Sat 19 Jul 2014
This morning around 9:00 am, Barbara and I met Marj Lundy and Jamie Godshalk at Bloom School to check out the Mississippi Kites. Barbara and I arrived first, and spotted a male and female MIKI in the dead branches of the Siberian Elm that is behind the dumpster. After a few minutes, the male flew to the southwest and the female across Grenham to the west. In about 15 minutes, after Marj and Jamie arrived, the male flew in from the SW carrying a Chimney Swift in his talons. He perched in the Siberian Elm and began to pluck the swift. Shortly thereafter, the female flew in, landed next to the male, and he passed the swift to her, then flew away again. She proceeded to pluck and eat it over the next 30 minutes.
At about 9:45, the male reappeared and flew over, circling over the female for a while. While that was happening, Barbara spotted a 3rd kite to the west. It, too, was soaring high in the sky.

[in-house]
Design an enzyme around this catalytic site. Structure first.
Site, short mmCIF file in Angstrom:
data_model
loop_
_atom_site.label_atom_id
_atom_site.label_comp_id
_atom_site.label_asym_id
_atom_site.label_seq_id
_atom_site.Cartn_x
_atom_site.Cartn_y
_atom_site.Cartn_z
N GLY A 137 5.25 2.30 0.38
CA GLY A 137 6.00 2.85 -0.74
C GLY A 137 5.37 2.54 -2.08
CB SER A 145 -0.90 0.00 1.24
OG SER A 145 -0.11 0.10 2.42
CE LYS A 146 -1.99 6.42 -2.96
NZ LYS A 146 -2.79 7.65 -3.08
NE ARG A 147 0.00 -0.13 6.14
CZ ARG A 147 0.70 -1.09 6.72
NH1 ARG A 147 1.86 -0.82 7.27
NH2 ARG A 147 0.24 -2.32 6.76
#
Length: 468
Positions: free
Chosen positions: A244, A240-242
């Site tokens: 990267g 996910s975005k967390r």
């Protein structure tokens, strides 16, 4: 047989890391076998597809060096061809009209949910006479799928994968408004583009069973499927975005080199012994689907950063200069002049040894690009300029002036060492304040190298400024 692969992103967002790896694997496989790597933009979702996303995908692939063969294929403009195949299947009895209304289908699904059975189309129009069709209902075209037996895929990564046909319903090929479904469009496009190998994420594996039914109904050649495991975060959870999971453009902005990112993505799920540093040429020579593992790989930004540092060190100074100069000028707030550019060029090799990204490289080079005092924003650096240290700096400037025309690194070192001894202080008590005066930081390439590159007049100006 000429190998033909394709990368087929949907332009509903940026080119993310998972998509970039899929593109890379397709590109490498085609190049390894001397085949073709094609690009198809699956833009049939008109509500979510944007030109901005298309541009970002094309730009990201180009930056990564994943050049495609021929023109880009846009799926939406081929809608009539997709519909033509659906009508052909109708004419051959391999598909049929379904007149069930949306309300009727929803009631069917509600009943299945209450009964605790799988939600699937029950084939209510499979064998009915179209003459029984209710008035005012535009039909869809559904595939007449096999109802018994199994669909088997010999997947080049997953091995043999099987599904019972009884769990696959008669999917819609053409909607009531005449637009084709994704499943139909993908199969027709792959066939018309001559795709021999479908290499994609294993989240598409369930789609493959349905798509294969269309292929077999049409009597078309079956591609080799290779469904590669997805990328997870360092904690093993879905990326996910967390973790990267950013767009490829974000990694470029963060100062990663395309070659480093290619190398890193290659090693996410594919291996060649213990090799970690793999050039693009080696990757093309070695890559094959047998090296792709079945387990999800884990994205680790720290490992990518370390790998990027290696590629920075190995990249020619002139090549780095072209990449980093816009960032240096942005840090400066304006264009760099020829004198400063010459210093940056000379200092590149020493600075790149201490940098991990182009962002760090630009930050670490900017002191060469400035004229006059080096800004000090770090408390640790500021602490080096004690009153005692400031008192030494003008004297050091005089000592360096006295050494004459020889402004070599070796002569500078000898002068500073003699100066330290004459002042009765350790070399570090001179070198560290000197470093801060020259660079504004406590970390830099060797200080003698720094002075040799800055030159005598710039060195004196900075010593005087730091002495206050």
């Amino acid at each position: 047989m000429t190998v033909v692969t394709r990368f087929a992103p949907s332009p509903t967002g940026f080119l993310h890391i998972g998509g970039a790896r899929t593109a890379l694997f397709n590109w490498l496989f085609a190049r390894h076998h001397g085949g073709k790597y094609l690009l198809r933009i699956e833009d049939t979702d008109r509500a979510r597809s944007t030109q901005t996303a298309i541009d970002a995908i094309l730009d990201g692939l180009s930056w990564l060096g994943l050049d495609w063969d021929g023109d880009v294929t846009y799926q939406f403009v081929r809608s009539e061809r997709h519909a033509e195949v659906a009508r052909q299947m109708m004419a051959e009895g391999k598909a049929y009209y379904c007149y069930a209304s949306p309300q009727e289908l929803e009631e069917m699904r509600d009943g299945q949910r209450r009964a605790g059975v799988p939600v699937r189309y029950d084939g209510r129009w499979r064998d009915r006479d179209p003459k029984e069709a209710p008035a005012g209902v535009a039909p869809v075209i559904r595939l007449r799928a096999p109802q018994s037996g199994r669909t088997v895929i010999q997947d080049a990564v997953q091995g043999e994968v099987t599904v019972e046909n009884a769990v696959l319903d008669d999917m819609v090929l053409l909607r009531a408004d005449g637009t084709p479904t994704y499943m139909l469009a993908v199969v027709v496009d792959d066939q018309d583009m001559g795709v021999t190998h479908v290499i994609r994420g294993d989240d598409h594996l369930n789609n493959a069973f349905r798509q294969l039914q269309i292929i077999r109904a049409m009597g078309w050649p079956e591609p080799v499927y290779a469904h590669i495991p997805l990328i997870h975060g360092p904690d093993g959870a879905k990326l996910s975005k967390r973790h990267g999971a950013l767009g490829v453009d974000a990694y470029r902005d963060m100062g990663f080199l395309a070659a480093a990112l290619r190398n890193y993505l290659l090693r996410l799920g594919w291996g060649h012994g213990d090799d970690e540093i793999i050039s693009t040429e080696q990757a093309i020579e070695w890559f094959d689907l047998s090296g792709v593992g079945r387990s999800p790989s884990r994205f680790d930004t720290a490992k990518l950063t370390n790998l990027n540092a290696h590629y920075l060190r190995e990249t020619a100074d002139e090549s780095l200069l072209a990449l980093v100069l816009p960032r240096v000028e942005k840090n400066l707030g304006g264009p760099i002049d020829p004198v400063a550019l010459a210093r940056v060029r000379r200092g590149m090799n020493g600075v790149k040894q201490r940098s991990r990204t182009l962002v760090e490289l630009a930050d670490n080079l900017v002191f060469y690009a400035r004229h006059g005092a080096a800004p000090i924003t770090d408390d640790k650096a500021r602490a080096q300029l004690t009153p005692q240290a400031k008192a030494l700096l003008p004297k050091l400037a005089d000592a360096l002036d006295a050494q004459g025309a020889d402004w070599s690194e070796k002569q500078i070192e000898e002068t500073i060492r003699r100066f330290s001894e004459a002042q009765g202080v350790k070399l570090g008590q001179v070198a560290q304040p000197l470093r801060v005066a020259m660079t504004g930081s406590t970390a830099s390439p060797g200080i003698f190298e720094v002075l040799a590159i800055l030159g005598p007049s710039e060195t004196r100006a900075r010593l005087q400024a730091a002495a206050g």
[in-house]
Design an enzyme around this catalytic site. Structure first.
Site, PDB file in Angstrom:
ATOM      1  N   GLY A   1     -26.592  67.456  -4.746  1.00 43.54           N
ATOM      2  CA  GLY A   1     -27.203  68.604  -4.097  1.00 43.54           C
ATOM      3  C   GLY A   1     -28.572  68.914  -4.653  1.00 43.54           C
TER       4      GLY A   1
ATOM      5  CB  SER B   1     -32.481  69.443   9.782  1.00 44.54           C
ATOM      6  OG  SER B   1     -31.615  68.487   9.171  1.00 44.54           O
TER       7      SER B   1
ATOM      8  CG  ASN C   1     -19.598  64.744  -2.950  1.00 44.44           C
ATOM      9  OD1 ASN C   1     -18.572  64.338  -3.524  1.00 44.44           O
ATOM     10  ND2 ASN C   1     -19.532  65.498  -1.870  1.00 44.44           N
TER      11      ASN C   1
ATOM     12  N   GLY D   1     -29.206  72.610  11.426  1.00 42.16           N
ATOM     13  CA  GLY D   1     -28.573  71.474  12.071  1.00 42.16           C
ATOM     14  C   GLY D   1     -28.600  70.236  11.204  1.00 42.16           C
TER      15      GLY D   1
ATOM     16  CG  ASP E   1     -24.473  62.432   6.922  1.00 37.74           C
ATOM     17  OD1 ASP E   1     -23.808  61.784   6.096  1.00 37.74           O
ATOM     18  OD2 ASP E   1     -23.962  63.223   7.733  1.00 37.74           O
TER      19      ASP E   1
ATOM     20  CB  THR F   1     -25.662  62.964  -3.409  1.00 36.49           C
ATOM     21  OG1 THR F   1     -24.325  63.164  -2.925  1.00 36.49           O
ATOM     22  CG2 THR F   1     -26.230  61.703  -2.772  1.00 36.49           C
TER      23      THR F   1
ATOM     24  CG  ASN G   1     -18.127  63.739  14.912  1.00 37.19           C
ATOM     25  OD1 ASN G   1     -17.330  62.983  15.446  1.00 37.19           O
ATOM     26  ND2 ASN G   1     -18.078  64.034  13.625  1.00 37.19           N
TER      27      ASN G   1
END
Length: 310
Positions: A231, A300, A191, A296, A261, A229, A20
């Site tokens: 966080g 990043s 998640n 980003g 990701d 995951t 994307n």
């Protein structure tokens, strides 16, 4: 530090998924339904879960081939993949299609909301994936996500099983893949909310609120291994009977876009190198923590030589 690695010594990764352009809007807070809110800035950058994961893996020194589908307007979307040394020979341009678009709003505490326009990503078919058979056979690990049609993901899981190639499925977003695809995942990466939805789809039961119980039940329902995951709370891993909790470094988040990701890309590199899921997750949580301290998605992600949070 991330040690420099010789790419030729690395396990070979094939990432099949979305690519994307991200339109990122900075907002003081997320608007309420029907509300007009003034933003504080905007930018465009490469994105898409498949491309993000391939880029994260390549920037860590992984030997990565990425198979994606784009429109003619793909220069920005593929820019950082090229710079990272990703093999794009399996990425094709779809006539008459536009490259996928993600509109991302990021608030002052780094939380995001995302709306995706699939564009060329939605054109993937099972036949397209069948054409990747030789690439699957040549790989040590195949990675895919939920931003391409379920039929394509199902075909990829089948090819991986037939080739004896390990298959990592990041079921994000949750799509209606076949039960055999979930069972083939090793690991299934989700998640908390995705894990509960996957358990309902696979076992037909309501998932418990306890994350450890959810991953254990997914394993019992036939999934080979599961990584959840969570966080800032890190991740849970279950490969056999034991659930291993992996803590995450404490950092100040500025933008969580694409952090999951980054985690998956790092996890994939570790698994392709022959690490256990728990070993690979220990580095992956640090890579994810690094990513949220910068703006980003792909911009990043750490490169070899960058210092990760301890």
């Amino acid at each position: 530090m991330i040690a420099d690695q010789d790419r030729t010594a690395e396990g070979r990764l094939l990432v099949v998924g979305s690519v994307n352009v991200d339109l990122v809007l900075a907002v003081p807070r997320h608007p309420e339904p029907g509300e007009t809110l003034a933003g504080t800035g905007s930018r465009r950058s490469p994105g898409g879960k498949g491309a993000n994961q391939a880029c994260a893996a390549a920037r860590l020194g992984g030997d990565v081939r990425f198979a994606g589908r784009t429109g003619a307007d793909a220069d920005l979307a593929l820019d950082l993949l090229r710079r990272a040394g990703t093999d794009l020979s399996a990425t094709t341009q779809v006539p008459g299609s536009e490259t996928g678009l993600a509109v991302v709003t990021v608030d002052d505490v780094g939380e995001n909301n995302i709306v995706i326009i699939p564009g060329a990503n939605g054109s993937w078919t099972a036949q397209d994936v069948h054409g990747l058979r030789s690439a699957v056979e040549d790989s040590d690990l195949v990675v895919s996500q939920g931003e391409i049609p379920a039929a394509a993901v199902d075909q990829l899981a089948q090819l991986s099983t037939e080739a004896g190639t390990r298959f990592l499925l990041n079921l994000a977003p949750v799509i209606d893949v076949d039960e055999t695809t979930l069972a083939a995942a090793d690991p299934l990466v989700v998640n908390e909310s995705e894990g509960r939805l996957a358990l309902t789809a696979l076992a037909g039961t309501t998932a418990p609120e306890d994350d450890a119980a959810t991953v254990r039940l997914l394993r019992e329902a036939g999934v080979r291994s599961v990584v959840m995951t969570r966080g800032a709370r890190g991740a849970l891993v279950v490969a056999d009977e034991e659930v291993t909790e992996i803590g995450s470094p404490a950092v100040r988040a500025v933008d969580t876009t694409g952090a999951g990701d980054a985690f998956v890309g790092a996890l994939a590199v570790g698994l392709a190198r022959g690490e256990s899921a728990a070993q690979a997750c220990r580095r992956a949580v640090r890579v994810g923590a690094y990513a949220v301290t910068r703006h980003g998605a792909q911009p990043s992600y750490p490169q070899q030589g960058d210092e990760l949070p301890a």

No other raptors were seen while we were at Bloom.
From Bloom, we drove up to Nygren. The large flock of Am. White Pelicans was absent from the marsh, but 5 were soaring overhead. Also in the marsh were 2 Great Egrets, 6 Green Herons, 5 Great Blue Herons, and other usual suspects, like Flickers, Red-headed Woodpecker, Belted Kingfishers (2), Swamp and Song Sparrows, Willow Flycatcher (in the willows on the east side of the marsh), and 2 Marsh Wrens. In the prairie that is north and east of the marsh, we had Sedge Wrens (probably 5 heard), lots of Common Yellowthroats, and a really tame Henslow’s Sparrow that was sitting on top of a dead plant within 20 feet of us and which singing during the entire time (5+ minutes) that we watched him.